Hammond teaches courses at Arizona State University's College of Law on wrongful convictions. He says he is convinced Atwood did not receive a fair trial. "This case has been treated as if it is the most clear example of a horrific crime in history.
"There is tremendous hatred for Frank," says Hammond, who declines to offer any details on the appeal.
"Why on Earth would I want to talk to the arrogant, ignorant press?" asks Hammond, who is considerably more gracious than the comment would indicate. He adds that he would rather run through a path of rattlesnakes than discuss Atwood's case with a reporter.
Only 22 men, of the 126 people on Arizona's death row, have been there longer than Atwood. It is a stark and numbingly depressing place. And the atmosphere changed in 1992, when shortly after midnight on April 6, Don Eugene Harding, a runty and unbalanced man, was killed in the gas chamber. The years of warehousing were over.
Harding overpowered and killed two salesmen at the La Quinta, now a Ramada, just off of Interstate 10 at St. Mary's Road. At his execution, Harding flipped off Attorney General Grant Woods, then twisted and writhed and strained. His skin turned a supernatural deep red; his body collapsed and then rose again against the restraints. It took 10 minutes and 31 seconds for Harding to die. Prison officials who witnessed Harding's predecessor, Manuel Silvas, die in the gas chamber in March 1963, told reporters that it would be over quickly, with a gasp of air and then unconsciousness.
Harding's death was so horrific that the state Legislature moved with rare speed to allow voters to change the method to lethal injection.
Defense lawyers and death-penalty abolitionists feared Harding's execution would open the floodgates. But in 12 years, there have been only 22 executions. Nine were executed for murders committed in Pima County (see the sidebar). The last execution was in November 2000, and the U.S. Supreme Court's Ring decision--putting punishment in the hands of the jury instead of the judge--has placed a number of death cases in limbo.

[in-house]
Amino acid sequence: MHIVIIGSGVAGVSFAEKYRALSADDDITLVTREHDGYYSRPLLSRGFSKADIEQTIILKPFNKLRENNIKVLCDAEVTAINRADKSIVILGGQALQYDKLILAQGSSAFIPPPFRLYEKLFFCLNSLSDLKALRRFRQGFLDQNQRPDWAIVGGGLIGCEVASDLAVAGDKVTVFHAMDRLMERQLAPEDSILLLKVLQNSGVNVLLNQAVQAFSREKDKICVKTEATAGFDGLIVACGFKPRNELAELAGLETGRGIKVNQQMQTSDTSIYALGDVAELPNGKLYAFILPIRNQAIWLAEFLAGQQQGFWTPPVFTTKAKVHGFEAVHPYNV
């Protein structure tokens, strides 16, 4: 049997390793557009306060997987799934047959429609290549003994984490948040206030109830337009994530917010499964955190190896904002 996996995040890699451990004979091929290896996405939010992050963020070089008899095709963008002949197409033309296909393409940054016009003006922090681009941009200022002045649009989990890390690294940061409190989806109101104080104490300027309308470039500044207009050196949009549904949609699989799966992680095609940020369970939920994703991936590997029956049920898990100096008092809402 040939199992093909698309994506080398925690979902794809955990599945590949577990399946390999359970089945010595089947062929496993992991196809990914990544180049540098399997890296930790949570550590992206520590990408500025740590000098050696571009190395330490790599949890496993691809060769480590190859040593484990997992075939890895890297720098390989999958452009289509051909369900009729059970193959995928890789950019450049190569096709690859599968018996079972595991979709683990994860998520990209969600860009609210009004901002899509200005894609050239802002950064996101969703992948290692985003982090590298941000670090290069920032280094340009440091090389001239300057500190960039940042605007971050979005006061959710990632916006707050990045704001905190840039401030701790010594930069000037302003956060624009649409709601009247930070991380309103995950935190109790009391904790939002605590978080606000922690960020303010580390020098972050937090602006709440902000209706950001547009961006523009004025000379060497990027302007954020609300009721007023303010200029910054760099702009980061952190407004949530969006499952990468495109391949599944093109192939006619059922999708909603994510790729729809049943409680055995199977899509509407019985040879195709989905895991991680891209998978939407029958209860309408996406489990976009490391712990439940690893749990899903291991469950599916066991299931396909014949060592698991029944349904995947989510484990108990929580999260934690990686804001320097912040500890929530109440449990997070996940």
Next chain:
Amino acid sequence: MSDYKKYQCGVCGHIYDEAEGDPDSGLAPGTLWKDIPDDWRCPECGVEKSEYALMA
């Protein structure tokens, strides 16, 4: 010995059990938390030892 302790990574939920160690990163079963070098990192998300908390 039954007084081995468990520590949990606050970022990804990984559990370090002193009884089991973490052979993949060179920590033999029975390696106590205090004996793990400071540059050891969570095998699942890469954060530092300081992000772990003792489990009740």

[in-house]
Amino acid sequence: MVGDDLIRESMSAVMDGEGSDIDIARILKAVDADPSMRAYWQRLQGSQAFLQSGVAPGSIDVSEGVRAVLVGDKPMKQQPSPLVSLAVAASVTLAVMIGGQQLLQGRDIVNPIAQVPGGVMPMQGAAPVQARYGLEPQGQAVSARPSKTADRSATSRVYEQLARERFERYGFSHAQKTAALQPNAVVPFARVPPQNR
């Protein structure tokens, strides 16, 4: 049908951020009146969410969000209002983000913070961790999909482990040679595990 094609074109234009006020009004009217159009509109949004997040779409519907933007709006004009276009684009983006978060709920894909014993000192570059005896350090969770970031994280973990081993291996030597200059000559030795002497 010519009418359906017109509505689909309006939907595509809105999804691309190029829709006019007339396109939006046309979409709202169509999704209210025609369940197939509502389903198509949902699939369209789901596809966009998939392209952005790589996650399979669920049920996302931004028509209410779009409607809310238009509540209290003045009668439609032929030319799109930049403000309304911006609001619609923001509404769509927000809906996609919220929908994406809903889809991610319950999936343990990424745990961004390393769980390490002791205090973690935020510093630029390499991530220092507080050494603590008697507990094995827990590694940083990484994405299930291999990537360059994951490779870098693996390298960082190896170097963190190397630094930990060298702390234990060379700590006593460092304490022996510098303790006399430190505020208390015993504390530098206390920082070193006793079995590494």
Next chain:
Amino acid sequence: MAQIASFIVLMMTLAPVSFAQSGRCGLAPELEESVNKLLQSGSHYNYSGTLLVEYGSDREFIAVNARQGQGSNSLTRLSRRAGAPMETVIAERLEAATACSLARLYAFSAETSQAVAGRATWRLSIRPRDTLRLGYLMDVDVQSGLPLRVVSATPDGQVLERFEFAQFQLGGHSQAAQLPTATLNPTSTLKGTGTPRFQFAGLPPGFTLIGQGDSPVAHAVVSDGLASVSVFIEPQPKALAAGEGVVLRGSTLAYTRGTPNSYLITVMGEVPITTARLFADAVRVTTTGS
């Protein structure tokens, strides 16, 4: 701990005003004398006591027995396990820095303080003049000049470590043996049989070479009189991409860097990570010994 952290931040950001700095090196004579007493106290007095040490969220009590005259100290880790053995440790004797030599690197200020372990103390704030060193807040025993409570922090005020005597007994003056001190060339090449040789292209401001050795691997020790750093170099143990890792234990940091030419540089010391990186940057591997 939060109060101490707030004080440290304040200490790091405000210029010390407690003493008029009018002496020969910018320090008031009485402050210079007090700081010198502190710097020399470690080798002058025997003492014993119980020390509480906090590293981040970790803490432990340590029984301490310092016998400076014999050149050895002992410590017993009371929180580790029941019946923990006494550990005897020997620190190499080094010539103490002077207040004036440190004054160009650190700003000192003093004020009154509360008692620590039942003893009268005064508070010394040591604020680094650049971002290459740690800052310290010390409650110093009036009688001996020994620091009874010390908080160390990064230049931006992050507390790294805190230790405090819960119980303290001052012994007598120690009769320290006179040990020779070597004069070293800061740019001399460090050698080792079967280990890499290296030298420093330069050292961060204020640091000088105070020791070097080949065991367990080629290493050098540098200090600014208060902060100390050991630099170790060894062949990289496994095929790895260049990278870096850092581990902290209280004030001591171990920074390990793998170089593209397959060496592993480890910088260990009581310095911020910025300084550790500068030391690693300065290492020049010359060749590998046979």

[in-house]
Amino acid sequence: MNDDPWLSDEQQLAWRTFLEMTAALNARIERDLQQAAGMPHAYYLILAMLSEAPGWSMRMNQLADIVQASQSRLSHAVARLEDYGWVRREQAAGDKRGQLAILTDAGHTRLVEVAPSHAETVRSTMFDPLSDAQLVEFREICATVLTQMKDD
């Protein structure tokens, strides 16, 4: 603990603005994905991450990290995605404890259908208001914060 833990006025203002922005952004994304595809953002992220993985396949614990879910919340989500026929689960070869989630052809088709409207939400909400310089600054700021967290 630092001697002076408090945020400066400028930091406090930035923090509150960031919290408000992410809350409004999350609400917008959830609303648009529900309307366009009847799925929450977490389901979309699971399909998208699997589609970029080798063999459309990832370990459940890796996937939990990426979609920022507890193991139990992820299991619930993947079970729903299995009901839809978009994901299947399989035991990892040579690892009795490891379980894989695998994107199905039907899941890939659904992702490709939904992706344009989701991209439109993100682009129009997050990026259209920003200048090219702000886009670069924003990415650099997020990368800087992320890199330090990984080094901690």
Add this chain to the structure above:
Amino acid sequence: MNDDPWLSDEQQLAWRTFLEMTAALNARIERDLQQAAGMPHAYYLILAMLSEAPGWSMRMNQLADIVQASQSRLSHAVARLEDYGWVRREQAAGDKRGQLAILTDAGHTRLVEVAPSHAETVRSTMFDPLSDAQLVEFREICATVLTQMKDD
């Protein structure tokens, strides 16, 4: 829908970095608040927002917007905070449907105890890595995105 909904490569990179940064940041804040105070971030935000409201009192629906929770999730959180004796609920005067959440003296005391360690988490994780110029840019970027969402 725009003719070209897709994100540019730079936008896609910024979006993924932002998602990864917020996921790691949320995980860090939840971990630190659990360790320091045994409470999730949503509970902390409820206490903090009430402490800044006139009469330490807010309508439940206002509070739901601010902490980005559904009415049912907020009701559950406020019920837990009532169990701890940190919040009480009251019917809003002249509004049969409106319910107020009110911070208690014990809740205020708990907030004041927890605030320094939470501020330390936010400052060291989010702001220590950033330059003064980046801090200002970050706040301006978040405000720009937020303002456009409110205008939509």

As those sentences are sent to back to juries, the abolitionist movement is evolving. Many death-penalty opponents no longer want to coddle or glorify the killers they seek to keep alive. They don't instantly insist on the innocence of those in prison. And they are not in the business of forgiving those on death row for their heinous crimes. They have genuine sympathy and concern for the families and loved ones of the victims.
Until that is understood, they say, the abolition movement will lack necessary support.
Meanwhile, Hammond works on Atwood's appeal, and those who remember Vicki Lynne Hoskinson keep waiting.
Meals to Die ForThe last-meal requests by nine of the men executed for crimes committed in Pima County since the re-institution of capital punishment in 1992, as noted by the Arizona Department of Corrections:
Don Harding, April 6, 1992: Several fried eggs, several strips of bacon, toast, butter, honey and jelly.
Jimmie Wayne Jeffers, Sept. 13, 1995: Ten-ounce steak, peas, rolls with butter, baked potato with shredded cheddar cheese, strawberry pie with whipped cream, large chocolate malt.
Daren L. Bolton, June 19, 1996: no menu provided.
Arthur Martin Ross, April 29, 1998: Three grilled-cheese-and-fried-egg sandwiches, macaroni and cheese ("lots"), pint of mint-chocolate-chip ice cream, two cans of Pepsi.
Douglas Edward Gretzler, June 3, 1998: Six fried eggs over easy, four strips of bacon (chewy), two slices of white bread toast (buttered), one cup of real coffee, two Classic Cokes over ice.
Karl Hinze LaGrand, Feb. 24, 1999: Two BLTs on white bread, mayonnaise, four fried eggs over easy, medium portion of hash-brown potatoes, two breakfast rolls, small portion of strawberry jelly, one half-pint of pineapple sherbet, one 22-ounce black hot coffee, one medium slice of German chocolate cake, one 12-ounce milk.
Walter Burnhart LaGrand, March 3, 1999: Six fried eggs over easy, 16 strips of bacon, large portion of hash-browns, one pint of pineapple sherbet, one breakfast steak well-done, 16-ounce cup of ice, one 7Up, one Dr. Pepper, one Coke, one portion of hot sauce, one cup of coffee, two packets of sugar and four Rolaids tablets.
Ignacio Alberto Ortiz, Oct. 27, 1999: Two fried eggs, 4-ounce Pace hot sauce, four strips of bacon, one 12-ounce sirloin, 10-ounce french fries, 3-ounce ketchup, one pint vanilla ice cream, one pint of milk, one cup of hot coffee.
Donald Jay Miller, Nov. 8, 2000: Two guacamole tostados, two tacos, one strawberry malt, one Dr. Pepper, one lemon meringue pie, five whole jalapeños, one lemon, one lime, one quart strawberry ice cream.